Native to shorelines and dunes in northern US from Maine to Montana, south to Virginia and Colorado, this deciduous shrub is a member of the rose family, Rosaceae, that also includes almonds, hawthorn, and lady’s mantle. It grows 2-6′ tall and has a rhizomatous root system and spreading, low, ascending or prostrate branches. The twigs are red to reddish brown and develop a waxy cuticle. The lanceolate leaves are leathery, l.6-2.8″ long, and have finely serrated margins. In spring before the leaves appear, umbel-like clusters of 2-4 white flowers with 5 white egg-shaped petals appear in the leaf axils and give way to 1/2″ wide reddish black drupes that ripen to almost black in summer. The plants withstand wind but not maritime conditions. They provide cover and food for wildlife including birds and mammals and are also valued for their role in stabilizing sand dunes. The genus name, Prunus, comes from the Greek word  προύνη meaning plum, a prominent member of this genus. The specific epithet, pumila, is the Latin word meaning dwarf.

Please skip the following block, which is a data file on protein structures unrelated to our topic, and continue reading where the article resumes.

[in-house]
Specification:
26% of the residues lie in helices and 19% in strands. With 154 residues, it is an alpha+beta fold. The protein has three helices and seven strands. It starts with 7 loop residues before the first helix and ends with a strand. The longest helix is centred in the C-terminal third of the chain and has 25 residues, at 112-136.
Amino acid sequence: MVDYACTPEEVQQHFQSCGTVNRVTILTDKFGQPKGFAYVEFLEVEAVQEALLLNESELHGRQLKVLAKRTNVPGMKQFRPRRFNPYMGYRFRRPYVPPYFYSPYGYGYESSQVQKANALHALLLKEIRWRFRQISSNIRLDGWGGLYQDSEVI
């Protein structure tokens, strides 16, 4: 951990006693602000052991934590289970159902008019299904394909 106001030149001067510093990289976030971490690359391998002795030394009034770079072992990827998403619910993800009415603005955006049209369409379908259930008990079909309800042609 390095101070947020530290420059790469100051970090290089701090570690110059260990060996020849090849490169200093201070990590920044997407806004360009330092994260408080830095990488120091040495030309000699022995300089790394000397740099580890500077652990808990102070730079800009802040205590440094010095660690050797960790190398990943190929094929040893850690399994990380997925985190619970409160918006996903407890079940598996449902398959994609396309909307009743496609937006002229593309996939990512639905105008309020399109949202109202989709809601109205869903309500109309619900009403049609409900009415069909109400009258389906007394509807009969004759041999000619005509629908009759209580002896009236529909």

Type: Deciduous shrub

Outstanding Feature: Soil stabilization

Form: Low, spreading, prostrate or ascending

Growth Rate: Rapid

Bloom: Umbel-like clusters of 2-4 white petaled flowers in spring

Size: 2-6′

Light: Full sun

Soil: Sandy, medium moist to dry, well-drained; drought tolerant once established

Hardiness: Zones 3-7

Care: Low maintenance

Pests and Diseases: Powdery mildew, silverleaf, honey fungus, leaf mining moths, vine weevil, cherry black fly

Propagation: Seed with 2-3 months of cold stratification (slow to germinate), cuttings of half-ripe wood with a heel in July/August, layering in spring

Outstanding Selections: ‘Catskill’

Photo Credit: Wikipedia

By Karen